Since the terrorist attacks on the United States mainland in September 2001, the strong political and economic influence that the United States once wielded over South America has steadily eroded as a result of rising new global economic powers and a multiplicity of self-inflicted foreign policy fiascos under the Bush administration that forced officials in Washington, D.C. to turn their attention elsewhere in the world. Despite initial promising rhetoric from the Obama administration of a new relationship with the South American continent premised on a partnership, particularly on the issues of energy security and climate change, the loss of influence continues. The United States remains mired in intractable conflicts in Western Asia, its economic recovery tenuous, and a highly partisan political system at the Federal level makes it impossible to achieve a consensus on addressing major issues of importance to the future of not only the country but the planet.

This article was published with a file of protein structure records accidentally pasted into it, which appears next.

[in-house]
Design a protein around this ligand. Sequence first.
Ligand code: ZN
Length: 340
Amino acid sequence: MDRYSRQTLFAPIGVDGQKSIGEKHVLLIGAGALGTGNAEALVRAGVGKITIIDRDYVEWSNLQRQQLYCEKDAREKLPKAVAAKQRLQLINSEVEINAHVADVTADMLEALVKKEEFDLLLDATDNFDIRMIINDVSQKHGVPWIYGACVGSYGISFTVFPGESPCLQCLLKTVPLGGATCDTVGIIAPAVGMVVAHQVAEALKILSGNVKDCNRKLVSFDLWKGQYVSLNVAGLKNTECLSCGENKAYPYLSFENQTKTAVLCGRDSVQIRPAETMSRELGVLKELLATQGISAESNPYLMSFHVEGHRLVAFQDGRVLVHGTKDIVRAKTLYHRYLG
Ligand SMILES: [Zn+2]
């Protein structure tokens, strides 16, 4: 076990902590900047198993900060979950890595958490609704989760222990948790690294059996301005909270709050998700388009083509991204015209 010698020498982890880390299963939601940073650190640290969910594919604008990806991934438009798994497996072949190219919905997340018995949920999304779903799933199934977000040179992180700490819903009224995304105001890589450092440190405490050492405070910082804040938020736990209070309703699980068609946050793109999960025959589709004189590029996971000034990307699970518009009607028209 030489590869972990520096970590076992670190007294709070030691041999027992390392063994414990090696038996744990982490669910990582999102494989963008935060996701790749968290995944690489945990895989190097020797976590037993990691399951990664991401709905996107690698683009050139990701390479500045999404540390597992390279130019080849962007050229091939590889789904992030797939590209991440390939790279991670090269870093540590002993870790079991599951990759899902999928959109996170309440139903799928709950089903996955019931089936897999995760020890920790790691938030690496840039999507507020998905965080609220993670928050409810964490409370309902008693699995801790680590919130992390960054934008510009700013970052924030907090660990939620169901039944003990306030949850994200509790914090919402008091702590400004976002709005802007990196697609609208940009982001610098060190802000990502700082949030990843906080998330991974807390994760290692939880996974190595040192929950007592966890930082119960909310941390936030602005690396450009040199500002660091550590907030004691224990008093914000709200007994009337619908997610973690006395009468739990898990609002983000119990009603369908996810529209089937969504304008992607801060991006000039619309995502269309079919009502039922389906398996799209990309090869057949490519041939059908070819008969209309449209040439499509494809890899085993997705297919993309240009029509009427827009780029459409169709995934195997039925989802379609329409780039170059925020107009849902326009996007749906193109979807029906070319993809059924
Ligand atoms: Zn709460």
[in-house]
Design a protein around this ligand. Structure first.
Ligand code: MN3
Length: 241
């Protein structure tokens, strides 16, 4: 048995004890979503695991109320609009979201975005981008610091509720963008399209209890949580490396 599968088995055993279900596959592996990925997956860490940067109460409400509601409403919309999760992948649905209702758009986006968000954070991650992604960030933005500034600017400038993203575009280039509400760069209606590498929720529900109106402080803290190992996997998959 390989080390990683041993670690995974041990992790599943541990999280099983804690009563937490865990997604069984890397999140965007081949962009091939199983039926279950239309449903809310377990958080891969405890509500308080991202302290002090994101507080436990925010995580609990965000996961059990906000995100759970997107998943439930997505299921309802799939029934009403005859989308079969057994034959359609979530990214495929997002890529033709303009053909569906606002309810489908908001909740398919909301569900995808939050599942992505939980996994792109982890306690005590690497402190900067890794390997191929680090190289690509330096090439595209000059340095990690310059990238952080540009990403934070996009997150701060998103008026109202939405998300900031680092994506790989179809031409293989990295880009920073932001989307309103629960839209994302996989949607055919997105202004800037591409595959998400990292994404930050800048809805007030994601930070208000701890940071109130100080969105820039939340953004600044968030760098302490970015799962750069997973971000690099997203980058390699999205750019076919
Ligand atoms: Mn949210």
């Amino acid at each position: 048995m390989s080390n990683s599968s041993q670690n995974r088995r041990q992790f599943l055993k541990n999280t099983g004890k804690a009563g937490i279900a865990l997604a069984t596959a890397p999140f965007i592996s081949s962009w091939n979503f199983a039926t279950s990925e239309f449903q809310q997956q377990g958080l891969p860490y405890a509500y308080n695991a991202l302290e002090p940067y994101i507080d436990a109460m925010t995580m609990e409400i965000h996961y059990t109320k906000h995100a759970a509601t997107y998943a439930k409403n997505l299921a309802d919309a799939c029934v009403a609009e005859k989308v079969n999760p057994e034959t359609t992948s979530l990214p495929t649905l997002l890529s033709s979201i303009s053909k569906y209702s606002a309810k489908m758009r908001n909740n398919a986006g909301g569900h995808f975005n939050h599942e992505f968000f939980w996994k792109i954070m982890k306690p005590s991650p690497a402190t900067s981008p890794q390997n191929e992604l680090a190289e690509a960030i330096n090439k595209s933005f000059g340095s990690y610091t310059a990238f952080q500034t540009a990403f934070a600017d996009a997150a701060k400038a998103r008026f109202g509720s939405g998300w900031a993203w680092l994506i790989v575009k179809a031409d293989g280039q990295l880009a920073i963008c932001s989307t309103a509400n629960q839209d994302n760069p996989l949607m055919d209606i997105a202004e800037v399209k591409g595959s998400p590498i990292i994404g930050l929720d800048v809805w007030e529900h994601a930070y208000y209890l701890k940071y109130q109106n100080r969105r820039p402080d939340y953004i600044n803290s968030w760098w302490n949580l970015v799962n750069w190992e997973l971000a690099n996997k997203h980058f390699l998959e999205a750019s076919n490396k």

How to Cite:
O'Keefe, T.A., (2010). While the United States Slept, South America Walked. Middle Atlantic Review of Latin American Studies. 24(2), pp.43–55. DOI: http://doi.org/10.23870/96